Initially announced by Boris Johnson in April 2022, the project to send asylum seekers to Rwanda has faced multiple delays due to legal challenges, and as of now, no asylum seeker has been sent from the UK to Rwanda.
Since the inception of this initiative, the Labour Party has consistently opposed it, even in the face of potential positive outcomes. In an interview with the BBC’s Victoria Derbyshire on October 9, 2023, Keir Starmer, the leader of the British Labour Party, stated that he does not view Rwanda as a welcoming country for immigrants.
The Labour Party aims to compel the government to release a series of documents regarding its policy towards Rwanda and the immigrant transfer agreement between the two nations. A vote is scheduled for Tuesday to demand ministers disclose the cost of sending each asylum seeker to Rwanda, as well as the amounts paid and to be paid to Rwanda.
Additionally, the party seeks access to the full memorandum of understanding concluded with Rwanda. If the Parliament passes this resolution, it would entail a request to King Charles III to instruct the government to release these documents.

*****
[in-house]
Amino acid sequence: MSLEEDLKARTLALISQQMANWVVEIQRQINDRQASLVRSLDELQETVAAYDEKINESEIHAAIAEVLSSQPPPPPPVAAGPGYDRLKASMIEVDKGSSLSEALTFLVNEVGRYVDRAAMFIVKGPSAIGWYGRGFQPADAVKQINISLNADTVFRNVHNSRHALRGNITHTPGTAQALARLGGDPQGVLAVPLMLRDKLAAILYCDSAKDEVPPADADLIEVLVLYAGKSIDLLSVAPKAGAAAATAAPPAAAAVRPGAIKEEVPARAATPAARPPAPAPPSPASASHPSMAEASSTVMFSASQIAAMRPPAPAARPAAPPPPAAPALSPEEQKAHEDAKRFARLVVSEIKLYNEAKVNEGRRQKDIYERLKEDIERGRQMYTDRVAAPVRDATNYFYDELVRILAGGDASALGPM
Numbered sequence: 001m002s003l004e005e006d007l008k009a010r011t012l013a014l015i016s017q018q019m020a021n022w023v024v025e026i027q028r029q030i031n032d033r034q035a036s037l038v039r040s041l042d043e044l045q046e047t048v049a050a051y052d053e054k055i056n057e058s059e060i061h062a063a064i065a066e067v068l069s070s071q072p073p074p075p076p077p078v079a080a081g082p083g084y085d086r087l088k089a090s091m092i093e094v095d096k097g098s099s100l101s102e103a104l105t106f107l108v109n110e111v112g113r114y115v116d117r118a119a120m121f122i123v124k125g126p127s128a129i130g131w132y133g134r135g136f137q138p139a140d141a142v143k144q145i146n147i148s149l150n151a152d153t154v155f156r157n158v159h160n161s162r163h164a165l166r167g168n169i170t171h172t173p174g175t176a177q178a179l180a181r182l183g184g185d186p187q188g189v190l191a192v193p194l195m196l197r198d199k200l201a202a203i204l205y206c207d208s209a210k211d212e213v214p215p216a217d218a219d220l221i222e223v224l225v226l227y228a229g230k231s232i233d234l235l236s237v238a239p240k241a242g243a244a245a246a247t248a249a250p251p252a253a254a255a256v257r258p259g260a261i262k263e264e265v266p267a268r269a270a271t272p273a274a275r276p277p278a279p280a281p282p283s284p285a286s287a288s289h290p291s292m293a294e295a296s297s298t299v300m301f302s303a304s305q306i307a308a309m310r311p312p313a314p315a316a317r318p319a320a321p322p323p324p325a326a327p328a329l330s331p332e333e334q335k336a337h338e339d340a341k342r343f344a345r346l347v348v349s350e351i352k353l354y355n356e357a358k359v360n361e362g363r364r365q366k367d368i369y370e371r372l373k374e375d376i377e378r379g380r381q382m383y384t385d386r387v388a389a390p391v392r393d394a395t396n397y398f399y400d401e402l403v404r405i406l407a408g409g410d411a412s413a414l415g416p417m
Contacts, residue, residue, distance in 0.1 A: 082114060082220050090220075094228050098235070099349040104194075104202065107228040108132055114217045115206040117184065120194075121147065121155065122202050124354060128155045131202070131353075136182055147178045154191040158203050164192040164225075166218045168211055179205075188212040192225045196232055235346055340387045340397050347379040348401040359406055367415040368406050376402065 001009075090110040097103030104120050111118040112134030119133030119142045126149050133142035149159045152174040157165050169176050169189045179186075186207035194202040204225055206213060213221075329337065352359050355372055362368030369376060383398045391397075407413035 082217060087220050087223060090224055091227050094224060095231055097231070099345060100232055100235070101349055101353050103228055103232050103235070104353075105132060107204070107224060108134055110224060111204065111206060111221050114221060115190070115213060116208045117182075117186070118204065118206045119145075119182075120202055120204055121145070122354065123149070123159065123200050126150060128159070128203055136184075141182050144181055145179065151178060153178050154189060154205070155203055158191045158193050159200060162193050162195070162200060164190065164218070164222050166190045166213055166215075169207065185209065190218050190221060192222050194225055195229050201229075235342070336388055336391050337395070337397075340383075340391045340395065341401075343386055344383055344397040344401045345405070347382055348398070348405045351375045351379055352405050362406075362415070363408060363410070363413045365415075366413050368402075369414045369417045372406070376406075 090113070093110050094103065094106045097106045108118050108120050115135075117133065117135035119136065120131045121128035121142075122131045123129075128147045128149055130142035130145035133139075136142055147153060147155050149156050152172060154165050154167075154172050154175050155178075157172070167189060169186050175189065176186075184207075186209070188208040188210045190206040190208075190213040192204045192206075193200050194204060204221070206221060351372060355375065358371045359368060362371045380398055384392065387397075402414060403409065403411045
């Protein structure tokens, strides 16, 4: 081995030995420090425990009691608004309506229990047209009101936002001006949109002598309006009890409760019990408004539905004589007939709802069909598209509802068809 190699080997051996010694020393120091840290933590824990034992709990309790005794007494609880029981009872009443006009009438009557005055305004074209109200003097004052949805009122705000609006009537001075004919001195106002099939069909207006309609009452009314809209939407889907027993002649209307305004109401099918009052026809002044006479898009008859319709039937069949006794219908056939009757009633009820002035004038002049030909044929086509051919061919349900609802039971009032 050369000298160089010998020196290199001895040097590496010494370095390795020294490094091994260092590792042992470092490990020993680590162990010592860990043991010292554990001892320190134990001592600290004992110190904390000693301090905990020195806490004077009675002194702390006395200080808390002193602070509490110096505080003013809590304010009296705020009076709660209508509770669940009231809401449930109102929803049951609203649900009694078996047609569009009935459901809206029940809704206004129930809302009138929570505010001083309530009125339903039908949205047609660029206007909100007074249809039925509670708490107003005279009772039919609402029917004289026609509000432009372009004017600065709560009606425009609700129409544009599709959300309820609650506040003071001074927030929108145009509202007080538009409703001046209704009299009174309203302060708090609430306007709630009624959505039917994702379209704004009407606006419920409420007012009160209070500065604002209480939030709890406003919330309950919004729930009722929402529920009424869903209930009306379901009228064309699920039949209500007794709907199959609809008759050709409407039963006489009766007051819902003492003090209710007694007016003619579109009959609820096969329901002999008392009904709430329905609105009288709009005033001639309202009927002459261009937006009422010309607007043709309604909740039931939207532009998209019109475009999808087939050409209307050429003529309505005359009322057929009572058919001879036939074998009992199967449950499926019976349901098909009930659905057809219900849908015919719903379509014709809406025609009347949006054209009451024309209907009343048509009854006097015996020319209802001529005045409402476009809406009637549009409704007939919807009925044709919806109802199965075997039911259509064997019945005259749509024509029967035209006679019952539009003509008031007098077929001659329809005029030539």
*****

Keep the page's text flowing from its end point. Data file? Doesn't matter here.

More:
Yvette Cooper, a member of the British Labour Party and responsible for reviewing decisions of the Home Secretary, told the BBC that it is entirely unacceptable for the Conservatives to refuse to reveal the full costs of the project’s failure with Rwanda.
Keir Starmer’s party also wants the government to release documents revealed by the BBC, suggesting that Rishi Sunak had initially considered scaling down the project when he was Chancellor in 2022.
These documents, prepared at Downing Street when Boris Johnson was trying to convince Sunak to approve the plan, show that Sunak began expressing reservations about the project two months before its announcement and the signing of the agreement between Rwanda and the UK. At that time, Rishi Sunak was still the Chancellor of the Exchequer.
Speaking to BBC on Sunday, December 7, Sunak, the former Chancellor, emphasized his duty to scrutinize every proposal as Chancellor, stressing the need for skepticism to guarantee taxpayers’ value for money.
Despite this, he expressed unwavering confidence in the success of the Rwanda immigration agreement. In December 2023, the UK Parliament approved a revised project with 313 votes in favor and 269 against. The bill will undergo further refinement based on feedback before its presentation to the Assembly in January 2024.